I believe in humility. I’ve watched my parents build a family restaurant from the ground up. When I was a teenager, all my friends would hang out at the pool in the summer, and I would be washing dishes and working the drive-thru.
By the time I was 14, I’d rolled more silverware than Juan Valdez has picked coffee beans. I often felt that I was supposed to be answering phones at the gym or something else that sounded cool. I was stuck at the grill burning my fingers turning the garlic bread. I often reminded my father that there is such a thing as child labor laws. Then he reminded me that it didn’t apply to family businesses. So much for my argument.
One day when I was fourteen, my dad told me he didn’t need me anymore. He said to,”Go on home.” It didn’t dawn on me for a minute that he had just fired me. Even though I didn’t want to work there, I certainly was too good to be fired. To add salt to my wound, I had to beg for my job back the next day because I needed money to buy my school clothes.
Humility is realizing that the world keeps turning without you. Especially when you’re a teen with an attitude. This was my first lesson in humility.
The next lesson came along one day when I was watching my dad clean the toilets at the restaurant. He told me that his philosophy was, “There is nothing here that I will ask you to do that I haven’t done myself.” I was watching him practice what he preached right in front of my eyes. Humility is doing a task that you don’t like to do and could delegate to someone else, but doing it anyway because it needs to be done.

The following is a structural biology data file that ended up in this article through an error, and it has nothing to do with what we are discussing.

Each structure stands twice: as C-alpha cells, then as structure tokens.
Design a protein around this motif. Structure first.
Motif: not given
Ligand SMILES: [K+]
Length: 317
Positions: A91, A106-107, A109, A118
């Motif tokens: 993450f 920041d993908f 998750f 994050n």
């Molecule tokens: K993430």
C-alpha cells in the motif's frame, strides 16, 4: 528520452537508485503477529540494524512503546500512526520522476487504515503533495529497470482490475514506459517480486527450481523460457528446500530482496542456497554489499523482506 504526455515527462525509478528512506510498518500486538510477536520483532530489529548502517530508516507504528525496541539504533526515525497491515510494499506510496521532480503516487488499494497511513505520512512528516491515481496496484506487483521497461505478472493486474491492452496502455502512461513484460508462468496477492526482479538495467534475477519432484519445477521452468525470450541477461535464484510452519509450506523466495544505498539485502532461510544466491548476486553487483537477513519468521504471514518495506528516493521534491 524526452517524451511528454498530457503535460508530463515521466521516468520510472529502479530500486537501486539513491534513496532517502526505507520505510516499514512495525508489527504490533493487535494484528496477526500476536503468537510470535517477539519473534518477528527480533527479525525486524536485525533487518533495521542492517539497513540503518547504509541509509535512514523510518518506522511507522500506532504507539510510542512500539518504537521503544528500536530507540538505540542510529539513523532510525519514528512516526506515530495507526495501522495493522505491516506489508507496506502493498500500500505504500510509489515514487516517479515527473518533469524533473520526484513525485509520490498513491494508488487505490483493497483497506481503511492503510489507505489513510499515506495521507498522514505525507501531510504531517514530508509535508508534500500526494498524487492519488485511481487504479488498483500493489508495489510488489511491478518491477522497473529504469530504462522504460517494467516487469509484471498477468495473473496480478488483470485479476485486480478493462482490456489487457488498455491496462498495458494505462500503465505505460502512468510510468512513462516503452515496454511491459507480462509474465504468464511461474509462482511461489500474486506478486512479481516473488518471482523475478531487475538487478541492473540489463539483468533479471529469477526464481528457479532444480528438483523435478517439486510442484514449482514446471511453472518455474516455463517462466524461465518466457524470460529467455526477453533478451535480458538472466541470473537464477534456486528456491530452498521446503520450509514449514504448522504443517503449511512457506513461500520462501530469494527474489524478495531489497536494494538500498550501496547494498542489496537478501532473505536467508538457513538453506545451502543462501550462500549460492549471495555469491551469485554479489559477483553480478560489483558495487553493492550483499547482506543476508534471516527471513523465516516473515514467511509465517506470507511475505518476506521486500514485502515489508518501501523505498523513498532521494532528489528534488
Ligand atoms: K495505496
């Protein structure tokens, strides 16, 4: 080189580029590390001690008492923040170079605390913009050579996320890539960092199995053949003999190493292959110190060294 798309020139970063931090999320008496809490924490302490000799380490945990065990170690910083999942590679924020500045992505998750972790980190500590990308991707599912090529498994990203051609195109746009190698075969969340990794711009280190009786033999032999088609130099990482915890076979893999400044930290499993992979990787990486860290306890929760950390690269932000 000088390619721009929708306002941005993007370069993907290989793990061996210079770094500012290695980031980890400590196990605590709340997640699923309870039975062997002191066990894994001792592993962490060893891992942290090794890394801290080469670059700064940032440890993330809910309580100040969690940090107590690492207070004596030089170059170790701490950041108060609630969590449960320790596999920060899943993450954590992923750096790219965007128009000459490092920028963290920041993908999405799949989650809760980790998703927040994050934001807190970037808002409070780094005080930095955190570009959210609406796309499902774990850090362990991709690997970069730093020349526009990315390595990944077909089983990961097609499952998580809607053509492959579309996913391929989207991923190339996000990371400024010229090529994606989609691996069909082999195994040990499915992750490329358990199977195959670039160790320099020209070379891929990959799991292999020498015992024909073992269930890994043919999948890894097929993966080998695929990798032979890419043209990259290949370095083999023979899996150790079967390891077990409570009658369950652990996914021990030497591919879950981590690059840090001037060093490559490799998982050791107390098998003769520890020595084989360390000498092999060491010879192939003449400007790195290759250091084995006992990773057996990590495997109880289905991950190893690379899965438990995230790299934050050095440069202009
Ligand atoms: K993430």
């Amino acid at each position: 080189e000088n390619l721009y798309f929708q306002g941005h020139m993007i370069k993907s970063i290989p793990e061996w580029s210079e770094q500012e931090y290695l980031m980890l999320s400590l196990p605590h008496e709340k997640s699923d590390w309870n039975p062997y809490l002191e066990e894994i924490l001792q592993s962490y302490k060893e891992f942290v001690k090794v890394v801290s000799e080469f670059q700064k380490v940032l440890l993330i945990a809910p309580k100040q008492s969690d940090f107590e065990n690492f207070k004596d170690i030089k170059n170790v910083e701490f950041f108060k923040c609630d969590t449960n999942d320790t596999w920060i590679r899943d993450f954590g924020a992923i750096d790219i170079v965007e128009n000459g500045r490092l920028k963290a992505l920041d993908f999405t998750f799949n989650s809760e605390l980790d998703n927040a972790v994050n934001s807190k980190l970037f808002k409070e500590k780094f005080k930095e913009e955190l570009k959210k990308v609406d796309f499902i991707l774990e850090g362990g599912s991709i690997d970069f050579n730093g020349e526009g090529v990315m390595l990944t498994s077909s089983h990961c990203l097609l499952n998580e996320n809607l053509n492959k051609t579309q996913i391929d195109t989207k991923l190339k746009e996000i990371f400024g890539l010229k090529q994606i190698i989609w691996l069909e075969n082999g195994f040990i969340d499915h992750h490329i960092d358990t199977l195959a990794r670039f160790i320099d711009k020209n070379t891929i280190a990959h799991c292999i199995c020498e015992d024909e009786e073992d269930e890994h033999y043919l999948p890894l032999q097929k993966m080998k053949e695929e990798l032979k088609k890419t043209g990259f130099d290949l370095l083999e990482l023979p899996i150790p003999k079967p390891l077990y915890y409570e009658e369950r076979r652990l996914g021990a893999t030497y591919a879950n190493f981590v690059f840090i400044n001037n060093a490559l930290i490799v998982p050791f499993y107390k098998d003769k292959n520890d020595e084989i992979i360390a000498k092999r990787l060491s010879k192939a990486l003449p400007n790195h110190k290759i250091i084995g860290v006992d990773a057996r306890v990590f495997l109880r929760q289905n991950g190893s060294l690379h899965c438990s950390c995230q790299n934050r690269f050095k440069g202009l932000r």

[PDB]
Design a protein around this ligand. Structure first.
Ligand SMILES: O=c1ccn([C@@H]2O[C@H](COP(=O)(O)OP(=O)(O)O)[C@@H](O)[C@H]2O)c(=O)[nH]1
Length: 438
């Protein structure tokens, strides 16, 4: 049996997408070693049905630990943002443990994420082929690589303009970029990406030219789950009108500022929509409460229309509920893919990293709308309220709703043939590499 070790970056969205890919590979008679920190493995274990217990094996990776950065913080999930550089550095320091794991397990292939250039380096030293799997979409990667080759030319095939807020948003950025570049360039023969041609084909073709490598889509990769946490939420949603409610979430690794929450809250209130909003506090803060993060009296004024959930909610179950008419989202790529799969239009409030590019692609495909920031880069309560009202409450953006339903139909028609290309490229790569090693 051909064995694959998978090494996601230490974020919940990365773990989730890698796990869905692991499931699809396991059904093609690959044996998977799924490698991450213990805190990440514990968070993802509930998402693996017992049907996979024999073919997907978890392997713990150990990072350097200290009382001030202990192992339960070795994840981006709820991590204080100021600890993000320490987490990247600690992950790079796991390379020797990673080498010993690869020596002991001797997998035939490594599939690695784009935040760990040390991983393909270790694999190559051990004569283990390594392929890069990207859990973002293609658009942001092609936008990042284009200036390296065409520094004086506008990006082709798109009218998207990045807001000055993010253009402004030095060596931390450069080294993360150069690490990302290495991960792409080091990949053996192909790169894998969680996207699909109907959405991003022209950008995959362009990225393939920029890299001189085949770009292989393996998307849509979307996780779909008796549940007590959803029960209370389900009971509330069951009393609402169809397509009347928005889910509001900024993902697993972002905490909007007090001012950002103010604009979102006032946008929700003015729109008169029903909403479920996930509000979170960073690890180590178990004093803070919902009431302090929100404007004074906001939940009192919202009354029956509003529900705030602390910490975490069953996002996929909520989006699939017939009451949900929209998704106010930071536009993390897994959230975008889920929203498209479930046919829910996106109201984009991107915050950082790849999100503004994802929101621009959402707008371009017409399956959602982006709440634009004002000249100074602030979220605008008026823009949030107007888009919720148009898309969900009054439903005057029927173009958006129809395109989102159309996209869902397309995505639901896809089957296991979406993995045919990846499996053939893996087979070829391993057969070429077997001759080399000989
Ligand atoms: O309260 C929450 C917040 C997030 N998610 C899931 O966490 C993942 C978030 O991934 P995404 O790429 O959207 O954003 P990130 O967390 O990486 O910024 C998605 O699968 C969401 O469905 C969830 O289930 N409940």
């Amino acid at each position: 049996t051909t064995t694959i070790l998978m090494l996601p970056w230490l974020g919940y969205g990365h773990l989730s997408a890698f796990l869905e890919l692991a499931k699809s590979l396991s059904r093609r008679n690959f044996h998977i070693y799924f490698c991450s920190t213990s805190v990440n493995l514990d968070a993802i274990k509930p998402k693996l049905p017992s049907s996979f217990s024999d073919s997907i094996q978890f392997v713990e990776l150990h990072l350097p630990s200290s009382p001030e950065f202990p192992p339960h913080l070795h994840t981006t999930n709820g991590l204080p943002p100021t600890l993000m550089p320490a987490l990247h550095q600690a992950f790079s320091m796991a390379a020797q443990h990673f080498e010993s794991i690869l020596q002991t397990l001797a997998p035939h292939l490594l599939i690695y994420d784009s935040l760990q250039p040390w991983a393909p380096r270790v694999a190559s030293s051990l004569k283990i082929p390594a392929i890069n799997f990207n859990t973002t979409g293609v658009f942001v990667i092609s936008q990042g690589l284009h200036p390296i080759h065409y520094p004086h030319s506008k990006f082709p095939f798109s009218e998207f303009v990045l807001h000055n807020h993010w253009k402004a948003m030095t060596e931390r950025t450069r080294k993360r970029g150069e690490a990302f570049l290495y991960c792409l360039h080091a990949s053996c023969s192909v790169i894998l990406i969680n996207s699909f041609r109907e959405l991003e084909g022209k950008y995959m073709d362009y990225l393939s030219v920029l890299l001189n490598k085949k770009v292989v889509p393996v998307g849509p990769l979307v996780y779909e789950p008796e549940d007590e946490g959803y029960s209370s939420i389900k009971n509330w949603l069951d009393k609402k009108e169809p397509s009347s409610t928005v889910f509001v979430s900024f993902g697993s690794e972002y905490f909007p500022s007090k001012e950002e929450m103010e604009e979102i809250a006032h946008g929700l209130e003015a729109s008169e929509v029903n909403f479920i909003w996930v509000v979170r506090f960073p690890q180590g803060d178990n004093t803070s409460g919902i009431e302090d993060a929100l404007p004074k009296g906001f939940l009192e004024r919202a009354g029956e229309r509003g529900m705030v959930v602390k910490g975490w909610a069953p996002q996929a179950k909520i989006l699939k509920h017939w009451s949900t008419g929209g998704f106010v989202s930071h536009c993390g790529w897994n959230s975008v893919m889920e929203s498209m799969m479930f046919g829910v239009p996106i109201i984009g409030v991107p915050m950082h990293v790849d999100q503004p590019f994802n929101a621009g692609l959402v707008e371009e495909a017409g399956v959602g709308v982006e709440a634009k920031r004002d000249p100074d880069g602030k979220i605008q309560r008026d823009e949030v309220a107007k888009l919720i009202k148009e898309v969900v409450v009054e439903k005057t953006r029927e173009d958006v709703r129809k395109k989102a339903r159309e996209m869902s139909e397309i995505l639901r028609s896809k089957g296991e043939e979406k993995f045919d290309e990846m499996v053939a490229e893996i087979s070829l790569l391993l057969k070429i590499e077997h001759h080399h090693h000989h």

Now here I am 25 years later with kids of my own and a career as a nurse practitioner. My father’s lesson has stayed with me. I try to show my patients, nurses, and other staff that I am not too important, smart, whatever, to do the most menial task, if it needs to be done. Some people think I am doing this to show off or make them look bad. I have never understood that reasoning. But there are others who appreciate the effort.
I hope that I will pass on to my children the importance of humility in their daily lives. Unfortunately, since I don’t own my own business, I can’t fire them. That seemed to be a pretty effective lesson for me. But wait, they work for grandma and papa in the summers. There’s still hope….
I believe in humility in our daily lives. This I believe.
“Humility in Our Daily Lives,” Copyright © 2007 by Denise Atkinson. Part of the This I Believe Essay Collection found at www.thisibelieve.org, Copyright © 2005-2009, This I Believe, Inc. Reprinted with permission.